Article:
Roger: Well, absolutely. And I would encourage our younger listeners, or if there’s retired folks, if you’ve got kids, you may want to mention this podcast to them, because folks like you, Clark, have a tremendous opportunity to utilize current tax rules to accumulate wealth in tax-advantaged situations. A lot of my generation, the baby boomers, we grew up in a different tax regimen. And some of the strategies that we were led to believe, things like, you know, pretax IRAs, people are finding out that that’s led to some tax problems, they haven’t gotten to spend as much as they thought they would, given, you know, the amount of wealth that had been created in these plans. And you really have opportunities now, as you accumulate wealth and assets, to do it in the most tax-smart ways. So, I would encourage that to our listeners, to let those folks under 50 know about the importance of this. And I think, as you were mentioning before, you know, a good way to create that context is to go to our website, download the Thought Organizer, and really create that clarity of where am I going with all of this? What do I want out of it? And how much stress do I have to deal with down the road?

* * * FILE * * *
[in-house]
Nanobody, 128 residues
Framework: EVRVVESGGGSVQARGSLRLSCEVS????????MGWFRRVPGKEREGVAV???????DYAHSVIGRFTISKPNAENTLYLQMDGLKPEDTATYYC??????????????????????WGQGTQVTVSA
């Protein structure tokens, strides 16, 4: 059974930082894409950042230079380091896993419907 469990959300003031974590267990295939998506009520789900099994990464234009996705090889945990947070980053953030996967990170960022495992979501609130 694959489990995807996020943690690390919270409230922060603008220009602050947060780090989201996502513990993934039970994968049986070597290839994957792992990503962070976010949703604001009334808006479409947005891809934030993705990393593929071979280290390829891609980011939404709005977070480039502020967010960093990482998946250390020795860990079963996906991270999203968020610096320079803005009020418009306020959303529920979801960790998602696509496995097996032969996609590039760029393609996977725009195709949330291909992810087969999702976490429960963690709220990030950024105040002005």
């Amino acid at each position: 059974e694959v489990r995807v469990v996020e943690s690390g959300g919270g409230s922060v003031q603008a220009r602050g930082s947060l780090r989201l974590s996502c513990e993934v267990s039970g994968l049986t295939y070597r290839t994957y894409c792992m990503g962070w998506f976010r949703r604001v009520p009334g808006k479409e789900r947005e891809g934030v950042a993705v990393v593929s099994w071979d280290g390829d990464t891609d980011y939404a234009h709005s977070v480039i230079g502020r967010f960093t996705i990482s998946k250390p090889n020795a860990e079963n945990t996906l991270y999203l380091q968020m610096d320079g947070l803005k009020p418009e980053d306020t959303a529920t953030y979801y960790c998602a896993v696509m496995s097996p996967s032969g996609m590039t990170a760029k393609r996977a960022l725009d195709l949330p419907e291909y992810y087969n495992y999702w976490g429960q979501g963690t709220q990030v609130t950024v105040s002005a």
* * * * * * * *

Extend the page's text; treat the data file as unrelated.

Clark: Yep. The Thought Organizer, it comes in handy.
Roger: It certainly does.
Clark: Well, Roger, thank you as always for taking the time. I really enjoyed it.
Roger: Well, you take good care. And to everybody listening, stay safe and well, and get your vaccine when you can. I happily had my second shot about a week and a half ago, and feeling pretty good about all that.
Clark: That’s good. Good things are to come in the future. That is an optimism I think we can finally start to feel.
Roger: Amen to that.
Clark: Roger L. Gainer, RICP, ChFC, California insurance license number 0754849, is licensed to sell insurance and annuity products in California, Illinois, Arizona, and Nevada. Roger L. Gainer is an investment advisor representative, providing advisory services through HFIS, Inc., a registered investment advisor. Gainer Financial & Insurance Services, Inc. is not owned by or affiliated with HFIS, Inc. and operates independently.
Roger holds the coveted and well-earned designations of Chartered Financial Consultant (ChFC®) and Retirement Income Certified Professional (RIPC®) from the American College. He is also a licensed insurance agent for life and health insurance and a Certified Paralegal for Estate Planning.